A statue of the late Indian independence leader, Mahatma Gandhi was removed from the campus of University of Ghana, earlier last week after a backlash from student activists.
To many people, this may sound a little confusing to hear that student activists would demand that a statue of one of the world’s most famous peaceful protestors and activists be removed from campus grounds.
But to the people who knew of Gandhi’s racist history in apartheid South Africa, including the students who petitioned to have his statue removed, there was no doubt that they had to get the statue of the man who referred to Black Africans as “Savages” and “Kaffir” ( a South African version of the n-word) removed from school grounds.
According to the Washington Post:
Gandhi’s Indian empowerment argument, critics said in a petition to remove the statue, appeared to be that the British colonial government treated Indians a “little better, if at all, than the savages or the Natives of Africa.” He spoke of the “half-heathen Native” and said that treating Indians like Africans would “degrade us.” The sole occupation of “raw” natives is hunting, he said and their “sole ambition is to collect a certain number of cattle to buy a wife with and, then, pass his life in indolence and nakedness.”
The Ghana University petition cited other protests against — and removal of — tributes to historical but controversial figures at universities around the globe, including the former slave-owning Royall family at Harvard University and apartheid founder Cecil Rhodes at the University of Cape Town.
The Marvel superhero film “Black Panther” has already broken Hollywood records in its first week. It has grossed more than $400 million worldwide, it also broke the record for a February opening, which was previously held by “Deadpool” and it is now the largest opening for a move with an African-American director.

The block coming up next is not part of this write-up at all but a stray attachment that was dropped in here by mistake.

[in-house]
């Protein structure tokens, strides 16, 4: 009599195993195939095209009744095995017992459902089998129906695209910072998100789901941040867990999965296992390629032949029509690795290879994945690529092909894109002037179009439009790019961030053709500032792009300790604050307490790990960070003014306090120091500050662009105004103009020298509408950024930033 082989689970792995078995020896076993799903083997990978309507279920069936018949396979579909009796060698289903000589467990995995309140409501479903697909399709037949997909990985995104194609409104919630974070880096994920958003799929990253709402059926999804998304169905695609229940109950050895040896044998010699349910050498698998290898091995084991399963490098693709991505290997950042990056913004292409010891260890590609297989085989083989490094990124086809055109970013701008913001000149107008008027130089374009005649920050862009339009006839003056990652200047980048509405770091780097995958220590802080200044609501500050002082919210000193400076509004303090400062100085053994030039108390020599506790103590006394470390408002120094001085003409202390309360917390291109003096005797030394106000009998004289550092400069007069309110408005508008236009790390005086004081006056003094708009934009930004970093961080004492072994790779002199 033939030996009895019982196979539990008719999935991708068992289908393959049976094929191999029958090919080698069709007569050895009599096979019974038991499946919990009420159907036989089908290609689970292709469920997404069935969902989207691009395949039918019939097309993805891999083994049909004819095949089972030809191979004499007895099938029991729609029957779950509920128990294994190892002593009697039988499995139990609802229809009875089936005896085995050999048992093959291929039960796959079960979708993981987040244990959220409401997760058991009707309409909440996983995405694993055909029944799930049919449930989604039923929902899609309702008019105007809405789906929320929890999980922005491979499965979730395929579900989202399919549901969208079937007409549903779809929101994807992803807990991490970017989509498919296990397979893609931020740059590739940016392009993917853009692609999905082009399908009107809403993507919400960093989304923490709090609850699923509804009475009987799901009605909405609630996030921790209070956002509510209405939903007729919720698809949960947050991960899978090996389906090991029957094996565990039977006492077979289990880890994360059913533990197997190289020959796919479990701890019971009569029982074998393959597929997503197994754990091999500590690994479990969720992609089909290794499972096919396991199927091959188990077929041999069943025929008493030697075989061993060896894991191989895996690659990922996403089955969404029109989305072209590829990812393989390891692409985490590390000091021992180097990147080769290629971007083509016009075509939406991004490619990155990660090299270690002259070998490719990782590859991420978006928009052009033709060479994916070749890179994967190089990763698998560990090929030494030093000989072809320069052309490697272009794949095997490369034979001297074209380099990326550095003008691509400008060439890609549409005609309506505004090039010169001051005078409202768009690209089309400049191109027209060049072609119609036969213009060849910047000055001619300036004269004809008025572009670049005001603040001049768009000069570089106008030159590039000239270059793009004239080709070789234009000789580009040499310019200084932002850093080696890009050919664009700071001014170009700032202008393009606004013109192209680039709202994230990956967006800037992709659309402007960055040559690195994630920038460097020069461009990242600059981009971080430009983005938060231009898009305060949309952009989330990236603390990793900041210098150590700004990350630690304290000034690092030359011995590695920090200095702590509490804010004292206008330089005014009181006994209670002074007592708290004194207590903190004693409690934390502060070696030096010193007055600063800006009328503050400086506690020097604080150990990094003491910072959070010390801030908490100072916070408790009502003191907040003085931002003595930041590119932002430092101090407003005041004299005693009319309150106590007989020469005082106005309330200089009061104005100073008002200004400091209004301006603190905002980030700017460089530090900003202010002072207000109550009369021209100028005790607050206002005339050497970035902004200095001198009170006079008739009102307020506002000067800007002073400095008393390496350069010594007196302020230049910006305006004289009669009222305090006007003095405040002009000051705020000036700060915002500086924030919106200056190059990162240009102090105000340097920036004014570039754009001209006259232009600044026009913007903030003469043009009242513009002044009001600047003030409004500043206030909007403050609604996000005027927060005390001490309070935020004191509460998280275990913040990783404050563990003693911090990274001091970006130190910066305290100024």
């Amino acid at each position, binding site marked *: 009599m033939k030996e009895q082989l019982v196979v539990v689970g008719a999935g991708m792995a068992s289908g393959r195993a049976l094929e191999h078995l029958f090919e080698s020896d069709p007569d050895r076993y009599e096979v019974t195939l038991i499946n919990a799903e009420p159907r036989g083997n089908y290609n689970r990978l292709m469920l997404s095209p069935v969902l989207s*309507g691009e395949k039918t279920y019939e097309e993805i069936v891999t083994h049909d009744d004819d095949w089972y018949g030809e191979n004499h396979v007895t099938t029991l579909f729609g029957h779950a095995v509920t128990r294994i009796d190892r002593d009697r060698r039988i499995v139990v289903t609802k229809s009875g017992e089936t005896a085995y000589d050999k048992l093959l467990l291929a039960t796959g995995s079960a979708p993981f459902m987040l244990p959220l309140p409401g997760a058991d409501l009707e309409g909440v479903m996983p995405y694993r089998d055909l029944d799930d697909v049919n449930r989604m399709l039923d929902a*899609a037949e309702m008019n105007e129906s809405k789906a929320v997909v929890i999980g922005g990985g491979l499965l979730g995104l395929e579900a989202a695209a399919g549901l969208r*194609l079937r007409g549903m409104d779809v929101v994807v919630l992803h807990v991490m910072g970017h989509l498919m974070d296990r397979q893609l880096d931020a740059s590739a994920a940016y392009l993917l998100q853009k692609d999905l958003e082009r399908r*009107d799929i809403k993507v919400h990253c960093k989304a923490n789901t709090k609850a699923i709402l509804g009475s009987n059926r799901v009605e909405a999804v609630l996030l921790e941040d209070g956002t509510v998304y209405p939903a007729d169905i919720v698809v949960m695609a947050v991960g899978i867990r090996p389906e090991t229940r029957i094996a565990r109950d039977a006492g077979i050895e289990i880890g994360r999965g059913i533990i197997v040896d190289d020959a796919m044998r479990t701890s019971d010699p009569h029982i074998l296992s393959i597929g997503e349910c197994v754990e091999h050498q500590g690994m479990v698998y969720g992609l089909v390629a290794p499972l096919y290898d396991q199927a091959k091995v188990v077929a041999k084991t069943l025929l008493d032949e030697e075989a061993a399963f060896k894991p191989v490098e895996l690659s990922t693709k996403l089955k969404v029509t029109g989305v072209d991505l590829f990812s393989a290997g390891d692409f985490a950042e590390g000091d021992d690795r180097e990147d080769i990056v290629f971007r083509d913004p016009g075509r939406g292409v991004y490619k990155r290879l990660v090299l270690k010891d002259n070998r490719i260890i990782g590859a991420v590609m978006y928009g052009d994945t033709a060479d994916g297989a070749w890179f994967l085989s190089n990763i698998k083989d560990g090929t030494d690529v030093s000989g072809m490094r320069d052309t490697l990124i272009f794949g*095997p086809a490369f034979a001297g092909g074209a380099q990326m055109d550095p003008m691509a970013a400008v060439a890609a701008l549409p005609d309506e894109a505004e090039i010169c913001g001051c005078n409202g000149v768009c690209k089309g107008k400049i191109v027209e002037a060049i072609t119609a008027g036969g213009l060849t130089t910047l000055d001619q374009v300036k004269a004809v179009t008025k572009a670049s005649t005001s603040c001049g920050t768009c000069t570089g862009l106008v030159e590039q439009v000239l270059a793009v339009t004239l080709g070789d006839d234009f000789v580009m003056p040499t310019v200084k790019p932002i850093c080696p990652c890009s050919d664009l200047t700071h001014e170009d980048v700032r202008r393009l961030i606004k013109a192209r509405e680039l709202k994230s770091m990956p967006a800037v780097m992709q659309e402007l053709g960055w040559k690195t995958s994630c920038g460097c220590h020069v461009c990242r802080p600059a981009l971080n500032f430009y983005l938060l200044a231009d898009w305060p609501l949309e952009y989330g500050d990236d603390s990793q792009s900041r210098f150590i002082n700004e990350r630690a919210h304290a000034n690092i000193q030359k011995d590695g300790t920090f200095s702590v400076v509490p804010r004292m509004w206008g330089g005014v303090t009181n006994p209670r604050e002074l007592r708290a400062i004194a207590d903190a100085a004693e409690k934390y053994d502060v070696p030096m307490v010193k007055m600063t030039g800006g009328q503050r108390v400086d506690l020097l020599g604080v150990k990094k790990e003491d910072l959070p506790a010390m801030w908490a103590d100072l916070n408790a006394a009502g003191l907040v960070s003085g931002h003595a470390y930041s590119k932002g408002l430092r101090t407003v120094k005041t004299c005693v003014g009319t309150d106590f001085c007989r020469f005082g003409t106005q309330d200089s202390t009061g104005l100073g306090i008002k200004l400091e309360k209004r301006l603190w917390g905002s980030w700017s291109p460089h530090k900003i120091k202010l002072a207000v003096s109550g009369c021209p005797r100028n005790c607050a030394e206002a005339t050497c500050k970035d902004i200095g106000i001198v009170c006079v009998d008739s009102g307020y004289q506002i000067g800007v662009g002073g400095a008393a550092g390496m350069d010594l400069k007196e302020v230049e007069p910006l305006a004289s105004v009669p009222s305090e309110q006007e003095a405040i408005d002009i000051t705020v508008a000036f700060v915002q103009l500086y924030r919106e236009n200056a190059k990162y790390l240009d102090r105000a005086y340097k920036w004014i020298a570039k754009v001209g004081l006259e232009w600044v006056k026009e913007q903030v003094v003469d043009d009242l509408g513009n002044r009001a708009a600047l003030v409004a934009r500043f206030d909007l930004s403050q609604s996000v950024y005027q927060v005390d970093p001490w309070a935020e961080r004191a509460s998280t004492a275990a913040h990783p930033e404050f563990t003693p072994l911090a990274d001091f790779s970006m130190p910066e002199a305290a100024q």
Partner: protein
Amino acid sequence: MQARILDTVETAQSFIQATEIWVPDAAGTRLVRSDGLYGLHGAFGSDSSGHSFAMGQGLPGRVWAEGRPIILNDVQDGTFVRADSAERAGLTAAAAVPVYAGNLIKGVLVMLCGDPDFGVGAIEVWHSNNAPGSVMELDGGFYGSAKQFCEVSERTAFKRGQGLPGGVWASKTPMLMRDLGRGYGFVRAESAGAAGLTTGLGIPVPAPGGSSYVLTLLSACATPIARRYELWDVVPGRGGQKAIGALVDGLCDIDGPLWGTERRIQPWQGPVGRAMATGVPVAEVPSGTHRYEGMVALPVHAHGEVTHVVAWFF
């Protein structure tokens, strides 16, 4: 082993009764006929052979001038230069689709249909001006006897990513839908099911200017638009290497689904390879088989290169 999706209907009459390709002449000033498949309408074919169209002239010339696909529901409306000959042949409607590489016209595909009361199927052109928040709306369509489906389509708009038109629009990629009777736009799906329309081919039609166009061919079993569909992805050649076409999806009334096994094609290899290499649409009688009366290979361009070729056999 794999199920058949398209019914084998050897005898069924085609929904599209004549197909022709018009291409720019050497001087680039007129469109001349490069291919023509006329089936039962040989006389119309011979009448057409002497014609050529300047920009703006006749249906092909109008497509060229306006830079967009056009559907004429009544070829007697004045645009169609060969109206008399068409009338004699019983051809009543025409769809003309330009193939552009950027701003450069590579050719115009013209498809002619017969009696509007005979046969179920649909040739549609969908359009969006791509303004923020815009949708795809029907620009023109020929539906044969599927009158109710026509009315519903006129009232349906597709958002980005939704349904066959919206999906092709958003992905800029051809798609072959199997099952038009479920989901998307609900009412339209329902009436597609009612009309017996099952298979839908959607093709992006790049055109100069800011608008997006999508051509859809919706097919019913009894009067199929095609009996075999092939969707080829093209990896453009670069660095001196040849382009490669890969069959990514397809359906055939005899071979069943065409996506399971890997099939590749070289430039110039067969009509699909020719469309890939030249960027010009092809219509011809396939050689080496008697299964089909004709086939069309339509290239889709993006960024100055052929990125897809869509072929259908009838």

Yet, that success of this movie, which could gross upwards to a billion dollars was not one hundred percent guaranteed.
Just as tens of millions of diverse people were exciting to see this movie about a fictional African kingdom called Wakanda, in which the film’s creators borrowed aspects from real African culture, like the Masai of Kenya and the ancient African empire of Mali. There were a lot of people; minor in comparison who were upset and fearful of this celebration of real African culture in this fictional kingdom. Some even took to social media and posted fake post about being attacked violently by angry black people.
Despite all the effort by many haters, naysayers and racists, this movie was an extreme success. I would rate this film a 9 and a half out of ten. A must see movie.
Proceeds from this 5k walk / run benefit the UNRWA’S Community Mental Health Program, for children in Palestine suffering from PTSD and other psychological trauma, due to the blockade and current conflict in the region.
The situation is so dire, the internationally-known scientist, historian, social critic and political activist, Noam Chomsky said the occupation in Palestine is worst than the Apartheid of the South African past.
Noam Chomsky on BDS and How the Israeli Occupation is “Much Worse Than Apartheid”
Alprentice “Bunchy” Carter was born in Los Angeles, California in 1942. In his earlier days, Carter was a member the Slauson street gang, he was so well-respected, he was nicknamed the “Mayor of the Ghetto” and was also a member of that gang’s extremely tough inner circle called the “Renegades”.